Singapore may legalize compensation for human organs

Singapore’s Ministry of Health is seeking public input on proposed amendments to the country’s Human Organ Transplant Act. The amendments would

(a) Lift the upper age limit for cadaveric organ donation;

(b) Allow donor-recipient paired matching for exchanges of organs; and

(c) Compensate living donors according to international ethical practices.

Regarding compensation,

To protect the welfare of living donors, MOH is proposing that these donors be compensated for direct costs incurred as a result of the donation, and indirect losses such as lost earnings and future expenses due to the donation. The compensation framework will be in line with international and local ethical recommendations.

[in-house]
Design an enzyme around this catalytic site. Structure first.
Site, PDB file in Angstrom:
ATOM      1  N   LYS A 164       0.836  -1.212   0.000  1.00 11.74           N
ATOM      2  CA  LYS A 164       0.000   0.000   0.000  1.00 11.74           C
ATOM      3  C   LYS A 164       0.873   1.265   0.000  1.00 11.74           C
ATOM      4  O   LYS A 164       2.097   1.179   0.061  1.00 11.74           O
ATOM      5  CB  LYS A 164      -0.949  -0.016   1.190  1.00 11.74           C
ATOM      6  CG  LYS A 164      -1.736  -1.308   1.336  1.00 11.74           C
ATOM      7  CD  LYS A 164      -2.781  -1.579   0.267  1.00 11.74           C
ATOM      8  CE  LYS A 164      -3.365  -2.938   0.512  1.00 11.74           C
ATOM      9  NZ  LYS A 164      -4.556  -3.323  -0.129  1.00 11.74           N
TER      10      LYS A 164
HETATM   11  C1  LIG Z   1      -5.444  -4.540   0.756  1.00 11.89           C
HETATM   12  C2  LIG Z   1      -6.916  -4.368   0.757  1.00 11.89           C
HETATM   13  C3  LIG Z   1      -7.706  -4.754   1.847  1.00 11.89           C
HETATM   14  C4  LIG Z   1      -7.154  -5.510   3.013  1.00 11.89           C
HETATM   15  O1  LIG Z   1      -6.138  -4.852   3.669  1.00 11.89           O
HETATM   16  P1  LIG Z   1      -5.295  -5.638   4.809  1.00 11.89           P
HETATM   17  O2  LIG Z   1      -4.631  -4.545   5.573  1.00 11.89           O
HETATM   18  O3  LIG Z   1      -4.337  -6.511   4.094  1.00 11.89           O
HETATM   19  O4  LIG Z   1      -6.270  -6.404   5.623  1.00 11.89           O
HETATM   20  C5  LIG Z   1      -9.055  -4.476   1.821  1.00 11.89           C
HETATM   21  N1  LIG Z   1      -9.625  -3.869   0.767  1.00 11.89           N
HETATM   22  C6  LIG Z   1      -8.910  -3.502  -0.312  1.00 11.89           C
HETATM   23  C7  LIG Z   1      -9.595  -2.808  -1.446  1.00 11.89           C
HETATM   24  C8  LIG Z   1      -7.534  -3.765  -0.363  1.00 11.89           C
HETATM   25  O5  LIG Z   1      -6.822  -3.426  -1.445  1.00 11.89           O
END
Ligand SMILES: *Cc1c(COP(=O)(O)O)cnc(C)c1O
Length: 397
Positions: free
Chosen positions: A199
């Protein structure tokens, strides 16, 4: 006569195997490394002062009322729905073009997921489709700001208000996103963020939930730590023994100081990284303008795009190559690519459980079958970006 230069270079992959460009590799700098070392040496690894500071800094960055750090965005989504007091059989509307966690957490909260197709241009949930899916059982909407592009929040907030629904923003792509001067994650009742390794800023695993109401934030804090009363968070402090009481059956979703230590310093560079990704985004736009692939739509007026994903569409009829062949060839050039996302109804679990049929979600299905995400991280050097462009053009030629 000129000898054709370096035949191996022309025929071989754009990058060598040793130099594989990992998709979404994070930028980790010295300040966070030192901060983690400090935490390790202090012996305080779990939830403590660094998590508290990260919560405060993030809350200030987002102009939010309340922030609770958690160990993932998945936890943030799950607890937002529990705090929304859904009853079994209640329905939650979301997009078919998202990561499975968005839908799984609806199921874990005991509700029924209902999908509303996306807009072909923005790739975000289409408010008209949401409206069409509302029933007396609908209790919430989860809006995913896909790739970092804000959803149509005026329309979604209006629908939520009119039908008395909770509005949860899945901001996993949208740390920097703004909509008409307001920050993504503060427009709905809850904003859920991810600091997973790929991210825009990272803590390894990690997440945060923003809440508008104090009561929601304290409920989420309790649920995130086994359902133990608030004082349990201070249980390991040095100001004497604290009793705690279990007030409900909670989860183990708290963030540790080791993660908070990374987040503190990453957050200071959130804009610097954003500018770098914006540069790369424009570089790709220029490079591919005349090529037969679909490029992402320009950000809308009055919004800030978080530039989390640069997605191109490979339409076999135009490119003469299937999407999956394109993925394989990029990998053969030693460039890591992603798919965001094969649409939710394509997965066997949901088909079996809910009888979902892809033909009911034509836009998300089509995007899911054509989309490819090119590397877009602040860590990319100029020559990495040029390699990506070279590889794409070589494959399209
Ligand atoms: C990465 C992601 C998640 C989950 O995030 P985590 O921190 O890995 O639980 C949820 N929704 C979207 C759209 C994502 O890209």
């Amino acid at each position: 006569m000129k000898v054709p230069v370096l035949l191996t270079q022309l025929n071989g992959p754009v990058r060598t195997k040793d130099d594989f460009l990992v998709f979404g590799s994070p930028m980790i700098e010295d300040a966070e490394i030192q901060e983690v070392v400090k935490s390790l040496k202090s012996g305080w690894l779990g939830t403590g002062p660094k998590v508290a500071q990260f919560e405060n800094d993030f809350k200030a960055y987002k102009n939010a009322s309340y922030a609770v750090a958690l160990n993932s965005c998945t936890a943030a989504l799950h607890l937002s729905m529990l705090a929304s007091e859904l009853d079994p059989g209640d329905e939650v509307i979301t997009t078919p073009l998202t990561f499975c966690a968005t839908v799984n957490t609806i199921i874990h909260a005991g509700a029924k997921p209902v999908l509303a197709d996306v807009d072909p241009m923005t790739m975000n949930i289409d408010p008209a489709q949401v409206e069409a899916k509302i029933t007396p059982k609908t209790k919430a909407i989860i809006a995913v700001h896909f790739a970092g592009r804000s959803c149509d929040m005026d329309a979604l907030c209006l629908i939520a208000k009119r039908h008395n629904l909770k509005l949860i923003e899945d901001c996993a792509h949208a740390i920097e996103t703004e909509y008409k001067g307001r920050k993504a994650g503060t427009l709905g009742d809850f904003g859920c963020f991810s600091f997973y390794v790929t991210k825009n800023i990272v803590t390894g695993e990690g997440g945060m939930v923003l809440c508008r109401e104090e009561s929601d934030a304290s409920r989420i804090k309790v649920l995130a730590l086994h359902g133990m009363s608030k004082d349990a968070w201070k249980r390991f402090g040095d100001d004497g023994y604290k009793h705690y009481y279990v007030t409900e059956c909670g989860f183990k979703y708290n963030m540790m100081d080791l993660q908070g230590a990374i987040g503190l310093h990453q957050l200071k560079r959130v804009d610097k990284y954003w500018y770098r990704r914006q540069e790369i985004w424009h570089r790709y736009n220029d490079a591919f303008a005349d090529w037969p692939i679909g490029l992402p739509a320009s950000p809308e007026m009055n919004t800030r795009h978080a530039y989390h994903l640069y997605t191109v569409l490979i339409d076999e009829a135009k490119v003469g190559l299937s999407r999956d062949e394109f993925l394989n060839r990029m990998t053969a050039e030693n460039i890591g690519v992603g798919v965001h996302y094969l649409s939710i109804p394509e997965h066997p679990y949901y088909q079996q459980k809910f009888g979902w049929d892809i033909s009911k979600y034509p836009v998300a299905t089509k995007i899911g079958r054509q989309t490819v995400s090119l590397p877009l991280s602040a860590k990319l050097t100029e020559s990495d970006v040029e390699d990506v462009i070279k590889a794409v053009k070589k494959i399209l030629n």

Thus, someone with lower earnings would receive less compensation.

The ministry says it would not be creating a market for organs:

HOTA will continue to prohibit the buying and selling of organs. To protect donors and recipients from exploitation by unscrupulous middlemen, MOH is proposing to raise the penalties to deter organ trading syndicates and unscrupulous middlemen.

In a well-functioning market every donor would receive equal compensation for an organ of equal quality.

The National Kidney Foundation in the U.S. says it isin the process of evaluating our position on financial incentives for organ donation.”

There is some suggestion that Singapore is seeking to expand its medical tourism sector.

Thanks to Marginal Revolution.

Finally, in a world first, a woman has had a body part replaced using stem cells. Her own stem cells.

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